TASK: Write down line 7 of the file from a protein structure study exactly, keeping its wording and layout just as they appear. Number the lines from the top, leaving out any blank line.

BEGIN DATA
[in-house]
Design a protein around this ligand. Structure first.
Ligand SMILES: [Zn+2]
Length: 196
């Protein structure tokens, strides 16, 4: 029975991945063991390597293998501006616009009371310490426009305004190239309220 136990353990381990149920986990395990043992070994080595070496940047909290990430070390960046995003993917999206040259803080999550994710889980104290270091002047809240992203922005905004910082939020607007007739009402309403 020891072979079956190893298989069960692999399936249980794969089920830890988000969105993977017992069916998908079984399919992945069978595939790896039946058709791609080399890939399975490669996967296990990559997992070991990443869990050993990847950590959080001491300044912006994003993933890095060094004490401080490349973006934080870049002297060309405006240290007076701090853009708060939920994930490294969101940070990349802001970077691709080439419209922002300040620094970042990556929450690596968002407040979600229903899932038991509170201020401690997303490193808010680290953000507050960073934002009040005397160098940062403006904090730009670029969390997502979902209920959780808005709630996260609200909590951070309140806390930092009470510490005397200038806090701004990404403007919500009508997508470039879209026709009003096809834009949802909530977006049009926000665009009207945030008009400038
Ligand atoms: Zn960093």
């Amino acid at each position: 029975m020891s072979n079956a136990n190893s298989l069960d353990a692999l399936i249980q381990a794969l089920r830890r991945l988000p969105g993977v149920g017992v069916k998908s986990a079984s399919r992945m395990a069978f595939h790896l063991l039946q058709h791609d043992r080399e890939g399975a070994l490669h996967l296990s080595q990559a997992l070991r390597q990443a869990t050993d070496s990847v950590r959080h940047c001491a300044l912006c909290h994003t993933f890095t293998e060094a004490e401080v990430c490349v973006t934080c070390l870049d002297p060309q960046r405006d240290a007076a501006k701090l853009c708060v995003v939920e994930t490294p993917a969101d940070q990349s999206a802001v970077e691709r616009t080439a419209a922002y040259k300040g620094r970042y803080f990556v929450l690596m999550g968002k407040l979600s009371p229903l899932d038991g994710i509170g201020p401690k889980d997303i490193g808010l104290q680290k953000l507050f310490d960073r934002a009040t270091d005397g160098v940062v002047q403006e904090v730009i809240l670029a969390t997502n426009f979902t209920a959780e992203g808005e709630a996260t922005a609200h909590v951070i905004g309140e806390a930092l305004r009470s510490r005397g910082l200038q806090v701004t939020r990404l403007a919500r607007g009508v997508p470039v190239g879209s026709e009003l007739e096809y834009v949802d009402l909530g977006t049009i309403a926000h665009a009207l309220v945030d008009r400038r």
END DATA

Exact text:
């Amino acid at each position: 029975m020891s072979n079956a136990n190893s298989l069960d353990a692999l399936i249980q381990a794969l089920r830890r991945l988000p969105g993977v149920g017992v069916k998908s986990a079984s399919r992945m395990a069978f595939h790896l063991l039946q058709h791609d043992r080399e890939g399975a070994l490669h996967l296990s080595q990559a997992l070991r390597q990443a869990t050993d070496s990847v950590r959080h940047c001491a300044l912006c909290h994003t993933f890095t293998e060094a004490e401080v990430c490349v973006t934080c070390l870049d002297p060309q960046r405006d240290a007076a501006k701090l853009c708060v995003v939920e994930t490294p993917a969101d940070q990349s999206a802001v970077e691709r616009t080439a419209a922002y040259k300040g620094r970042y803080f990556v929450l690596m999550g968002k407040l979600s009371p229903l899932d038991g994710i509170g201020p401690k889980d997303i490193g808010l104290q680290k953000l507050f310490d960073r934002a009040t270091d005397g160098v940062v002047q403006e904090v730009i809240l670029a969390t997502n426009f979902t209920a959780e992203g808005e709630a996260t922005a609200h909590v951070i905004g309140e806390a930092l305004r009470s510490r005397g910082l200038q806090v701004t939020r990404l403007a919500r607007g009508v997508p470039v190239g879209s026709e009003l007739e096809y834009v949802d009402l909530g977006t049009i309403a926000h665009a009207l309220v945030d008009r400038r």